A United Nations panel called out the United States' litany of human rights failures as the U.S. sought to defend its reputation by saying that an international treaty outlining human rights doesn't apply to its military operations abroad.
The grilling happened Thursday in Geneva during the first of a two-day session held by the 18-member UN Human Rights Committee that looked at the United States' implementation of the International Covenant on Civil and Political Rights (ICCPR) — a U.S.-ratified treaty that bans torture, arbitrary killings and detention, and ensures the right to habeas corpus.
During the session, the Guardian reported,
[t]he US came under sustained criticism for its global counter-terrorism tactics, including the use of unmanned drones to kill al-Qaida suspects, and its transfer of detainees to third countries that might practice torture, such as Algeria. Committee members also highlighted the Obama administration’s failure to prosecute any of the officials responsible for permitting waterboarding and other “enhanced interrogation” techniques under the previous administration.
Reuters adds that
[c]ommittee chair Nigel Rodley, a British law professor and former U.N. investigator on torture, suggested lawyers in the Bush administration who drew up memorandums justifying the use of harsh interrogation techniques could also be liable.
"When evidently seriously flawed legal opinions are issued which then are used as a cover for the committing of serious crimes, one wonders at what point the authors of such opinions may themselves have to be considered part of the criminal plan in the first place?" Rodley said.
"Of course we know that so far there has been impunity."
Yet the U.S. sought to shield itself from criticism, the New York Times reported, by saying that the rights treaty
imposes no human rights obligations on American military and intelligence forces when they operate abroad, rejecting an interpretation by the United Nations and the top State Department lawyer during President Obama’s first term.
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"The United States continues to believe that its interpretation — that the covenant applies only to individuals both within its territory and within its jurisdiction — is the most consistent with the covenant’s language and negotiating history," the Times reports Mary McLeod, the State Department’s acting legal adviser, as saying during the session.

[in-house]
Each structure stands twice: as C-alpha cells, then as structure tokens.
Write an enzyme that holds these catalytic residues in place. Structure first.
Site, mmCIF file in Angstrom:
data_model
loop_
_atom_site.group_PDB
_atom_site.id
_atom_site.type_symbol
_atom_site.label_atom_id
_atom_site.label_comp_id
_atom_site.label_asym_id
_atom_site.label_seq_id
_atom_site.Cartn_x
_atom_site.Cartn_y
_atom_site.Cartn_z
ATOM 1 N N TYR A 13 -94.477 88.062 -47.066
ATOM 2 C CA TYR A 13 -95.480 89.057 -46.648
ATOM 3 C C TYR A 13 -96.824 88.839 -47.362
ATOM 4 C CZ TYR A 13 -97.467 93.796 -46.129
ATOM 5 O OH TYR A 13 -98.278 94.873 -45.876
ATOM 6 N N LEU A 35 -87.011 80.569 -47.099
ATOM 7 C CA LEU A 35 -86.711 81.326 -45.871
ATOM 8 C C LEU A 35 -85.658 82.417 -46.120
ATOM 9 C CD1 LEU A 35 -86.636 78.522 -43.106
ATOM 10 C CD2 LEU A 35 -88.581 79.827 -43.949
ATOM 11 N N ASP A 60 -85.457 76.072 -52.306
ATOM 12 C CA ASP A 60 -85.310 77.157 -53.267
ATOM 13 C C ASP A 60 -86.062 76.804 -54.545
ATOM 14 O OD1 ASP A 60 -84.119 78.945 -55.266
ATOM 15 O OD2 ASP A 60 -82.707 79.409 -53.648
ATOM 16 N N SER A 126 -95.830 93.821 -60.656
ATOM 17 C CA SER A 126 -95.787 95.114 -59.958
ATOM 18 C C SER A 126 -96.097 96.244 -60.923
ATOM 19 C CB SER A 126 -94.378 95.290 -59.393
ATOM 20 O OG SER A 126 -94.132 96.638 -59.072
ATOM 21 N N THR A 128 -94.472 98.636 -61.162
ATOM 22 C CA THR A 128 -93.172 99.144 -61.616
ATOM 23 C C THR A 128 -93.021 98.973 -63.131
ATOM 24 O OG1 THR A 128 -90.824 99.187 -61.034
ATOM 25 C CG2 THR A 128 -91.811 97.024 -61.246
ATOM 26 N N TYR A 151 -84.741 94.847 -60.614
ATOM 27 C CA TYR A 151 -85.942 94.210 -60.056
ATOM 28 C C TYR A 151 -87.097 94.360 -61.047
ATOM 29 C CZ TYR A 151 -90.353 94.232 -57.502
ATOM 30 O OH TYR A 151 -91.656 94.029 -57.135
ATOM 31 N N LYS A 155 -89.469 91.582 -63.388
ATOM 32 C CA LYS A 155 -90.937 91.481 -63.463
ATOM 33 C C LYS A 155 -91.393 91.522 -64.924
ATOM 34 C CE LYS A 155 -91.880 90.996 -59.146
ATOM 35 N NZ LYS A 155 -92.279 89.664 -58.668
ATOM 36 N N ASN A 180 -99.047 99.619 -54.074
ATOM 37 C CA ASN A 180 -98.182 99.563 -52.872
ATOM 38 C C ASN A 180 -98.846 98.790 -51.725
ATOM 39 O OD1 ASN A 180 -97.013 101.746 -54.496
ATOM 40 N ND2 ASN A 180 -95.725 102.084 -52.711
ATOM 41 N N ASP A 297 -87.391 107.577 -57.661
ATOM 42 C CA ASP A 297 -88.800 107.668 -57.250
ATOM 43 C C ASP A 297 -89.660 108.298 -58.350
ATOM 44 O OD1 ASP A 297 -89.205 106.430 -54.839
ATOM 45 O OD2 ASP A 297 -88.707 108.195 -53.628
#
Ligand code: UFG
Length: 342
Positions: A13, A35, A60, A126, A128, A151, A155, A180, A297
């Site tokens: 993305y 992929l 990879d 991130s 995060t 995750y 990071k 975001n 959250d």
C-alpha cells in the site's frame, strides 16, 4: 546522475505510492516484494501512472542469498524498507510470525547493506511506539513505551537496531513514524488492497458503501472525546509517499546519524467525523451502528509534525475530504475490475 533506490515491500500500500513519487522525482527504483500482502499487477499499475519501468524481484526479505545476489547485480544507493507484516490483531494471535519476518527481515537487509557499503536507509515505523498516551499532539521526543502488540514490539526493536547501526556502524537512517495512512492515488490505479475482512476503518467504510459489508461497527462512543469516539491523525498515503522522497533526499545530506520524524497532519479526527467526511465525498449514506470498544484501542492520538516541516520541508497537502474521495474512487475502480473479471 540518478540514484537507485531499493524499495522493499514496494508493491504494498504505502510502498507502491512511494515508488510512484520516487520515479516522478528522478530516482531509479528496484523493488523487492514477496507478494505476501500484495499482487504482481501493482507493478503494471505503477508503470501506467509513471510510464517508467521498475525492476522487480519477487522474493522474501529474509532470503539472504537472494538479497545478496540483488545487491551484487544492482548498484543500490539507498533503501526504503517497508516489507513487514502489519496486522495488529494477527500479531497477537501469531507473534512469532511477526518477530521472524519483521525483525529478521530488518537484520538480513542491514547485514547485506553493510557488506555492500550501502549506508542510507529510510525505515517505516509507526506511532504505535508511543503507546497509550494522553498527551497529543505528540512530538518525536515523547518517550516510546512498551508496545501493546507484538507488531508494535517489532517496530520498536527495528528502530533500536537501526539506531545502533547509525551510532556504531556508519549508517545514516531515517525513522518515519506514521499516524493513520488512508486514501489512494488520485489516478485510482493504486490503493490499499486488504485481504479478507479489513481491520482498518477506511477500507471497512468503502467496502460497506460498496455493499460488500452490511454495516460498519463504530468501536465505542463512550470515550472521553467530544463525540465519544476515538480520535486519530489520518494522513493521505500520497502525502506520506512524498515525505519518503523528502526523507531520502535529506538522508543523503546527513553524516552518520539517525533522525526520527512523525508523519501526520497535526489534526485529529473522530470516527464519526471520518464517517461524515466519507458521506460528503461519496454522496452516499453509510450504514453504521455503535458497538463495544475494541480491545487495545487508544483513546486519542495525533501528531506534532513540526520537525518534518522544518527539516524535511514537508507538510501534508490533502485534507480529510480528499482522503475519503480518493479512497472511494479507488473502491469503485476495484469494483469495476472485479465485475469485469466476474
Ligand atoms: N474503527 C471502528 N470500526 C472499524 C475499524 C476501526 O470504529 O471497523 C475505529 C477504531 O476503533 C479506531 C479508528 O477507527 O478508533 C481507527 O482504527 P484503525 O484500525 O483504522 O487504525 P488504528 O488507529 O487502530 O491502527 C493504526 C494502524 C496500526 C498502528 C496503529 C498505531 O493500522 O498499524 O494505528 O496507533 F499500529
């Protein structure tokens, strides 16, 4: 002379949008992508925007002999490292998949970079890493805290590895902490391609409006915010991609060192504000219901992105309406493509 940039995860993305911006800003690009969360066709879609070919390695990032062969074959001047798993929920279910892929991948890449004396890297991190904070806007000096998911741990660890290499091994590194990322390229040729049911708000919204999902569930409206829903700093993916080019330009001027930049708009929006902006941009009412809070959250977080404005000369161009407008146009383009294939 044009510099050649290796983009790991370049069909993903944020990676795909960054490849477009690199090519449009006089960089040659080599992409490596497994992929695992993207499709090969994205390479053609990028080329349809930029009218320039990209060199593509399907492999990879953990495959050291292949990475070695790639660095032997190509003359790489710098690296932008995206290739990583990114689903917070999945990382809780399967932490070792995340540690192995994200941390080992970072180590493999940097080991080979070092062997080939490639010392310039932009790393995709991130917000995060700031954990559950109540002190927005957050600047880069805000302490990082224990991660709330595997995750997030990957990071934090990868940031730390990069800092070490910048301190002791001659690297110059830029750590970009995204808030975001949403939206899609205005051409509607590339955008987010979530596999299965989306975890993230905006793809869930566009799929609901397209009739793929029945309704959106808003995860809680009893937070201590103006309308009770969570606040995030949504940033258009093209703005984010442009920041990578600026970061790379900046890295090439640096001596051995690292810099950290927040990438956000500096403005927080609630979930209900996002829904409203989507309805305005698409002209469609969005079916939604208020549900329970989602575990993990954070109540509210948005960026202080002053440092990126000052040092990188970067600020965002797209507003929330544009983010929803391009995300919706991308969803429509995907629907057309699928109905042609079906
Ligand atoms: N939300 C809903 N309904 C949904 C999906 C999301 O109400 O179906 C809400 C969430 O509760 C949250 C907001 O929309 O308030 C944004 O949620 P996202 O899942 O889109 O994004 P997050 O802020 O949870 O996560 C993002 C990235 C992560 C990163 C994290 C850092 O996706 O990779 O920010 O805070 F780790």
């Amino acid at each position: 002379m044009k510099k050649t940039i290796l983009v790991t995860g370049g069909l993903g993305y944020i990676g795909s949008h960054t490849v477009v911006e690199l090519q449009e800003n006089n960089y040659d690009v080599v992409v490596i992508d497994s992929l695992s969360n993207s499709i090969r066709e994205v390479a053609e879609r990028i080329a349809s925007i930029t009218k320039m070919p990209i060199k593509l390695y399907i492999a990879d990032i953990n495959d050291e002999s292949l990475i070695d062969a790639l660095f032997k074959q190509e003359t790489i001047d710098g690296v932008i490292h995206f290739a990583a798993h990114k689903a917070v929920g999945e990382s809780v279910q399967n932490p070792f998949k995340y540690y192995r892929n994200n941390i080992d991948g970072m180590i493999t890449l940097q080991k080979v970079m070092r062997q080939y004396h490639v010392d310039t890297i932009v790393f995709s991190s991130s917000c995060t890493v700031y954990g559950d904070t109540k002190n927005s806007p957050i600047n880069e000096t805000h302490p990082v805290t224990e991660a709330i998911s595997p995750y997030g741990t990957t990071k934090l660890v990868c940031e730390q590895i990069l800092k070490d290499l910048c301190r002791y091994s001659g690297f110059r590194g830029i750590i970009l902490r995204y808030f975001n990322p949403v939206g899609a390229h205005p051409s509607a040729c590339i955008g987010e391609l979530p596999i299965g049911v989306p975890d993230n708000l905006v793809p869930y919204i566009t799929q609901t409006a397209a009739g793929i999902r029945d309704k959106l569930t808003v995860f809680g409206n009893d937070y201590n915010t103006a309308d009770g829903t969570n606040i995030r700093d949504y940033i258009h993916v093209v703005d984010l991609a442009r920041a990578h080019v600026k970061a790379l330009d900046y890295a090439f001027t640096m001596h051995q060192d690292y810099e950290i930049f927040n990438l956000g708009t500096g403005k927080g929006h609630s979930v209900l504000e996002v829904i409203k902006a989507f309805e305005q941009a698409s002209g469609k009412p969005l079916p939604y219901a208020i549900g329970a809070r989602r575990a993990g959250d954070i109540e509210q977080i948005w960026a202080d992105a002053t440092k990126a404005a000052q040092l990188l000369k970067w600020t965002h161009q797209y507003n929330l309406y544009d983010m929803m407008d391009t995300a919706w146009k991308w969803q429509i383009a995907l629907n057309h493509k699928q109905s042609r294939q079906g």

"This world is an unsafe place," countered Walter Kalin, a Swiss professor of constitutional and international law who sits on the panel. "Will it not become even more dangerous if any state would be willing to claim that international law does not prevent them from committing human rights violations abroad?"
The U.S. delegation told the panel that its drone strikes were “in compliance with international law.”
The U.S. is constantly talking about "human rights," Kimber Heinz, Organizing Coordinator with War Resisters League, told Common Dreams. But, as in the case of Venezuela, that language is manipulated to serve what could be disruptive for the current government. When the U.S. uses a human rights framework, "it's speaking out of both sides of its mouth," she added, and pointed to the example of the U.S. continuing to pour military aid into Egypt.
"All we can do," Heinz continued, "is to try to pressure Congress members to implement something like the Leahy Law that implements human rights" because right now "there is no political will." Change, she said, is going to come via the grassroots.
"We are the people, as a movement, as organizations, as people who care — we are the human rights movement. We have to put pressure on and create new parameters of the conversation about what constitutes human rights," she said.
The UN panel also urged the U.S. to disclose the Senate report on the CIA torture and rendition program.
"The U.S. shortcomings are highlighted by the committee's sharp questions on everything from drone killings and NSA surveillance to the humane treatment of immigrants and prisoners, especially discrimination against minorities," stated ACLU Human Rights Program Director Jamil Dakwar, who was in Geneva for the session.
"The U.S. government now has an opportunity to reverse course, remedy rights violations, and take concrete actions like declassifying the Senate report on CIA torture," Dakwar stated.